John now said that it was interesting that we hadn't really mentioned Beloved up to now, although she was in many ways the focus of the novel. This wasn't really picked up for further discussion, though I think in retrospect she's a kind of medium, in the terms of the novel, for the conveyance of the past into the present of the novel. There was some discussion as to whether she was a real ghost or not - she finally materialises as the eighteen-year-old woman she would have been had she lived; and twice there is reference to the rumour of a young woman, kept as a sex slave, having escaped from a shed nearby - but our conclusion was that we were not meant to read the novel in these either/or realist terms, but to inhabit the mentality of the characters and their attitudes to an ambiguous spirit world. Some people, Ann in particular, wondered how differently Americans, to whom this history of slavery belonged, might read the novel. Ann said that in the podcast Morrison states that she made the decision to address her novel to black people (unlike the white abolitionist Harriet Beecher-Stowe, for instance, whose Uncle Tom's Cabin had been addressed to white readers) - although it seems to me that her technique of retrospective revelation is employed on ignorant white readers most usefully of all.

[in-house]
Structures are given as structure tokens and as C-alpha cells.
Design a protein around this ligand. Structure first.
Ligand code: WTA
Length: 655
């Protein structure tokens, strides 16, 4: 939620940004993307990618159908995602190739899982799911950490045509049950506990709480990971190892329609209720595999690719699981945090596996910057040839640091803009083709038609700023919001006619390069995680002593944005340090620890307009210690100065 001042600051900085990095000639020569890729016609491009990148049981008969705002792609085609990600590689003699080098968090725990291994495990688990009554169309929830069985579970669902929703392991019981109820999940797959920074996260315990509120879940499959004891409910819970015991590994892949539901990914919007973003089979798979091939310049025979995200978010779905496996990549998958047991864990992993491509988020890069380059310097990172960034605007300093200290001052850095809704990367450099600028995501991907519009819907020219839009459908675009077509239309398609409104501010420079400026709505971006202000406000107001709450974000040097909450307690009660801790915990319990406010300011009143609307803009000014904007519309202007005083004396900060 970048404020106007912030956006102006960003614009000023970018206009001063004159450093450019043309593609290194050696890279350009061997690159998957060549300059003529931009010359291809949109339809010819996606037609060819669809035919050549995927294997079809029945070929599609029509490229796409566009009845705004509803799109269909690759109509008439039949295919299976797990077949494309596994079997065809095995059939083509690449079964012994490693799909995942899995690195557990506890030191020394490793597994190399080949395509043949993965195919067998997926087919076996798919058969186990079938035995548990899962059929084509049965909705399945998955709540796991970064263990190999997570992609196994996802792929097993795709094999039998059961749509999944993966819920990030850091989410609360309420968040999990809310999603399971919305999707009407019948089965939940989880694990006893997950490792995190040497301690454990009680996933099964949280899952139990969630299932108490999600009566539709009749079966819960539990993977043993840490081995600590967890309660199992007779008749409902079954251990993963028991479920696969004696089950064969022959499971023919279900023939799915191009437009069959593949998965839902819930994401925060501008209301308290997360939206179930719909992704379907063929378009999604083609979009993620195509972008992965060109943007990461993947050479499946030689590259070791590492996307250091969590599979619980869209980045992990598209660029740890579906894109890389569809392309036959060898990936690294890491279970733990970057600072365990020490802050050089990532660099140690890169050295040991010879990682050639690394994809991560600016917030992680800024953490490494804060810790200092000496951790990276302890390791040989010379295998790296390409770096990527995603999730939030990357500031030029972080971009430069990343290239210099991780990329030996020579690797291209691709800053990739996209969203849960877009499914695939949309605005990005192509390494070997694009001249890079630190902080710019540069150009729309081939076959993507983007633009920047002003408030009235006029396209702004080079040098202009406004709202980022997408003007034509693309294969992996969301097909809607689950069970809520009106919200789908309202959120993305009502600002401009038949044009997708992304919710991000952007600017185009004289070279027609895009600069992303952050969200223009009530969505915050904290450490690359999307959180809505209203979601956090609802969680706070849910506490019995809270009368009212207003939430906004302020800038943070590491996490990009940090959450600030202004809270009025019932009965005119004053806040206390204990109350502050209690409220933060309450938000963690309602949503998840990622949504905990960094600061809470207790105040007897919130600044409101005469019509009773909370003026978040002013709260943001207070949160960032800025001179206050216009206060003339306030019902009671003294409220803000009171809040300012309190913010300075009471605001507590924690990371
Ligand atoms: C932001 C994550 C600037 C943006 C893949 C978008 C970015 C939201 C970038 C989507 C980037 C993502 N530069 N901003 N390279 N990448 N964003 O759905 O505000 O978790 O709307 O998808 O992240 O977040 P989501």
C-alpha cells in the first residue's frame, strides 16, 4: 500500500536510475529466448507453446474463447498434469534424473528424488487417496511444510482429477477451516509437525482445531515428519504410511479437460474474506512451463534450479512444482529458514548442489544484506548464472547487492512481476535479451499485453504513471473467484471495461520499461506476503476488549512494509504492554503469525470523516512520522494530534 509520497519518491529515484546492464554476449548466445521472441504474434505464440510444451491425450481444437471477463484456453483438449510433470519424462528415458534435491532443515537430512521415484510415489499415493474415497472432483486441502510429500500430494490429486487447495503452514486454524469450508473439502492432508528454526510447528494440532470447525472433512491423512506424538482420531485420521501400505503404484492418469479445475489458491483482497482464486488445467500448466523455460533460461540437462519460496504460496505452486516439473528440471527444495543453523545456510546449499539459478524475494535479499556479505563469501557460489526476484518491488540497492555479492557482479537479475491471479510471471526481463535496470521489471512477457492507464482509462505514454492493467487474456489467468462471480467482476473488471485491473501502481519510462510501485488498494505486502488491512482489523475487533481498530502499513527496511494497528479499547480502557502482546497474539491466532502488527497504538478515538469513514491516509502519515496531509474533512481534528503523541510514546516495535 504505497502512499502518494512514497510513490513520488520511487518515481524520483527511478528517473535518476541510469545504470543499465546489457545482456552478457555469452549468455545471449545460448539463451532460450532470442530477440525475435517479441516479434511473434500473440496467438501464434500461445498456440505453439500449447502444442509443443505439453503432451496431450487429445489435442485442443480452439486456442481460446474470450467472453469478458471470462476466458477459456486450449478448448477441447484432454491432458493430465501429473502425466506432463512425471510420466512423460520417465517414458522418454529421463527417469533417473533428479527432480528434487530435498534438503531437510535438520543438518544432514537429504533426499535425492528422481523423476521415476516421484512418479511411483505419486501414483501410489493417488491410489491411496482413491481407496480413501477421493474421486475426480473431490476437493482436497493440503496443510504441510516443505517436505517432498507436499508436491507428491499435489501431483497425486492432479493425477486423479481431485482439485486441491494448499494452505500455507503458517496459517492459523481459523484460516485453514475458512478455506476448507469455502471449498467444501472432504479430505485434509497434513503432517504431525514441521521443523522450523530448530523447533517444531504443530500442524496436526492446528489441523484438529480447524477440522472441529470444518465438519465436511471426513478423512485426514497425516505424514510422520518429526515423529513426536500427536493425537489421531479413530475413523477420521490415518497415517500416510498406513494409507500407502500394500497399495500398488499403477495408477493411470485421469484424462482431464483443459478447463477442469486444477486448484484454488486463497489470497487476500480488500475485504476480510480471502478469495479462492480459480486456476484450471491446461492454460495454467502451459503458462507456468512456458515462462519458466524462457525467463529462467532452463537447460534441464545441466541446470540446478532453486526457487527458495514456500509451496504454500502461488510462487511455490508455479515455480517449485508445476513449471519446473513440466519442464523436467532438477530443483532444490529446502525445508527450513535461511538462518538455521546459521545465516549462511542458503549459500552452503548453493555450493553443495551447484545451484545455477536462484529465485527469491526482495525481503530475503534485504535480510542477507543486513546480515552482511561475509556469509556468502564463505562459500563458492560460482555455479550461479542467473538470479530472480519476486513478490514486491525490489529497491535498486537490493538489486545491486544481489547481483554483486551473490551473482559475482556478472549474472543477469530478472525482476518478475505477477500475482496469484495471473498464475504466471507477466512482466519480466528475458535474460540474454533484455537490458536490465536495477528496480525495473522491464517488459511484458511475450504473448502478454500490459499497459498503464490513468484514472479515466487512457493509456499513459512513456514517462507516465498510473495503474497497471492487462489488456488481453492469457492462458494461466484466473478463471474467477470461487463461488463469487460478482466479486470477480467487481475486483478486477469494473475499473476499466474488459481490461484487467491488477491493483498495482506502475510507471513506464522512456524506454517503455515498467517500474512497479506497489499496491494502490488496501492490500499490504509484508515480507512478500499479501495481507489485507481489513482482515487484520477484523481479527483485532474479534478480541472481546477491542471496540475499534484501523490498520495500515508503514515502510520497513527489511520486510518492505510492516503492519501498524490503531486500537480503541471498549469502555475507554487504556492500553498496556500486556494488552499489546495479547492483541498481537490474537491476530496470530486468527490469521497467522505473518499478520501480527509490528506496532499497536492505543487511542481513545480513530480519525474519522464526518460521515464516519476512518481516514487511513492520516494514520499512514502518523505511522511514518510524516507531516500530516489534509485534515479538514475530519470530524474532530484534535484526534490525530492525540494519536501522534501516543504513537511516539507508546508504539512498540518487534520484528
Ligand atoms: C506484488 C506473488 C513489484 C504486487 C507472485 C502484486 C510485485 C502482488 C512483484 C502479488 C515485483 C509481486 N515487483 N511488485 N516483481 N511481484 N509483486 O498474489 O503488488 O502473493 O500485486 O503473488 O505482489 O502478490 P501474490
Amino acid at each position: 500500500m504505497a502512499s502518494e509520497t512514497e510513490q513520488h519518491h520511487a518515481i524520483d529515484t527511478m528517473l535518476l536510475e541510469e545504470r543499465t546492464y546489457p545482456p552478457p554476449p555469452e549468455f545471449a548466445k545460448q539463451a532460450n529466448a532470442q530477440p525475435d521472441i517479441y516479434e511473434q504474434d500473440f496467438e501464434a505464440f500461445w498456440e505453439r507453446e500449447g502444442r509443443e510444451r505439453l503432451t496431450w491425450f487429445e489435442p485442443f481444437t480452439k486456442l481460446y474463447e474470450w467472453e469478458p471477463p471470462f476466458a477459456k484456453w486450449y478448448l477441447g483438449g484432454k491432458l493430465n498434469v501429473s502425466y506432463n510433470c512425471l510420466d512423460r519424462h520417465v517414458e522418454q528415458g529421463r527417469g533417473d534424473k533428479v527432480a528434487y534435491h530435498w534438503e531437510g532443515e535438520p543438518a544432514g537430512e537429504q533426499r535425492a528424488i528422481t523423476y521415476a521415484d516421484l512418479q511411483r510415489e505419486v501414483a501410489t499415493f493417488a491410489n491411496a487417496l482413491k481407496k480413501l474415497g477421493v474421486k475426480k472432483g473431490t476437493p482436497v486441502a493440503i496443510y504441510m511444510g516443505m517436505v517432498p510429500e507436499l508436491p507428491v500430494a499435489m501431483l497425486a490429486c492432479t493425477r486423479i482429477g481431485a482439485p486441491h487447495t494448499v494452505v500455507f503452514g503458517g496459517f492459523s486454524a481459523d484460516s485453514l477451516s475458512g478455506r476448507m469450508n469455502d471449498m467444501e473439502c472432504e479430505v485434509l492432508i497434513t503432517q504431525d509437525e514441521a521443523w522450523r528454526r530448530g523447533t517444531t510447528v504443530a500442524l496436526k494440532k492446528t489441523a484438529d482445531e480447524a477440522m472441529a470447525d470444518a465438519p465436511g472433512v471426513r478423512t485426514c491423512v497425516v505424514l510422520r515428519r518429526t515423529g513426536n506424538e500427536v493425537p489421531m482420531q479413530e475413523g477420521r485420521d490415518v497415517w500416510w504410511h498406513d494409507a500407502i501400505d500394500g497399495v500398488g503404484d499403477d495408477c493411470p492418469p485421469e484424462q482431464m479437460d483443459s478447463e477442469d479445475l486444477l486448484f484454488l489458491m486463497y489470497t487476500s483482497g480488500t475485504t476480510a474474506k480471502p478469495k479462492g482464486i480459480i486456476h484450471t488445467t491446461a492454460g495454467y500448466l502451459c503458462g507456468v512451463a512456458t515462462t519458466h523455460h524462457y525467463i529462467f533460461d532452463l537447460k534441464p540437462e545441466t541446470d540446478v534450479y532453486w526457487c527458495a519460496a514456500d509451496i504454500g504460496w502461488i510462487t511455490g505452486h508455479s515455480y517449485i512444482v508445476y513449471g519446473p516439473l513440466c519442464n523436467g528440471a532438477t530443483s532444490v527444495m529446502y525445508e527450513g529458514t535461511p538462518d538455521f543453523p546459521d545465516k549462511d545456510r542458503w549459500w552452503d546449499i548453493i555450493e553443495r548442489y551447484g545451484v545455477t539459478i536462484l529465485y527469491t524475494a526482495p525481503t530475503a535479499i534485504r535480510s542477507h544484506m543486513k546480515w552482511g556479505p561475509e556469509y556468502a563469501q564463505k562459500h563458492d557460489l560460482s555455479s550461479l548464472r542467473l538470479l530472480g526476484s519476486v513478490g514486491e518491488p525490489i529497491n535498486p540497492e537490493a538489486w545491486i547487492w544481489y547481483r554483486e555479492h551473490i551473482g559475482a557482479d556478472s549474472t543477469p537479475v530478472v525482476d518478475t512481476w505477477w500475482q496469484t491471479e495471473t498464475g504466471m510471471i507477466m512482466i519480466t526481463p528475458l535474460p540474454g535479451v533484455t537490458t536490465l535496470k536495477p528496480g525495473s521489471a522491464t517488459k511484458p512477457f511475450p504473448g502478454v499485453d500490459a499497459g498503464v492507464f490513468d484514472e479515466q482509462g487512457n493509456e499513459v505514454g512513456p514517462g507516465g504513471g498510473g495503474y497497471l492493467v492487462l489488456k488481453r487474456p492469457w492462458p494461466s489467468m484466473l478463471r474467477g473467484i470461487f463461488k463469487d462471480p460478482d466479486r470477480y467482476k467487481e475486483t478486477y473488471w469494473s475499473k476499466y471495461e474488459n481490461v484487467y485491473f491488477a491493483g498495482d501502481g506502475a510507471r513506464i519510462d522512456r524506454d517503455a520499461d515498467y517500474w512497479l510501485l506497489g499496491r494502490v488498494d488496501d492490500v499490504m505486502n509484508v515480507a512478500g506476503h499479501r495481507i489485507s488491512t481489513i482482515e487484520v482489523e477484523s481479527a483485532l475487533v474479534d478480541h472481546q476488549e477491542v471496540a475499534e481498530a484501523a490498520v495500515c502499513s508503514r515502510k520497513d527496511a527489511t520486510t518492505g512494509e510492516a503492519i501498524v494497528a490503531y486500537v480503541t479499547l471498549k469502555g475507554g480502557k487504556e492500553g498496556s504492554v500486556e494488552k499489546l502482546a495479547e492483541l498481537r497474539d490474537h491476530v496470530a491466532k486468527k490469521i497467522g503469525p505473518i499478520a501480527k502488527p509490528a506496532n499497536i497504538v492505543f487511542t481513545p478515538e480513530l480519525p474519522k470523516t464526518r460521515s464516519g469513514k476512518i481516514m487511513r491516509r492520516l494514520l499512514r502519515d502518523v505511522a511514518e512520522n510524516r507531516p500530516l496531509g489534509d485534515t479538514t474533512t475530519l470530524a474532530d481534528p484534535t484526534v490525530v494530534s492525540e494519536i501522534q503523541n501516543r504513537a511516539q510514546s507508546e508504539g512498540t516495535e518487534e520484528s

However, Trevor now said that he had had a lot of trouble with the language and complicated structure of this novel, and Clare said so had she, and Trevor said that he'd even gone off and read something else in the middle as relief and then gone back to it.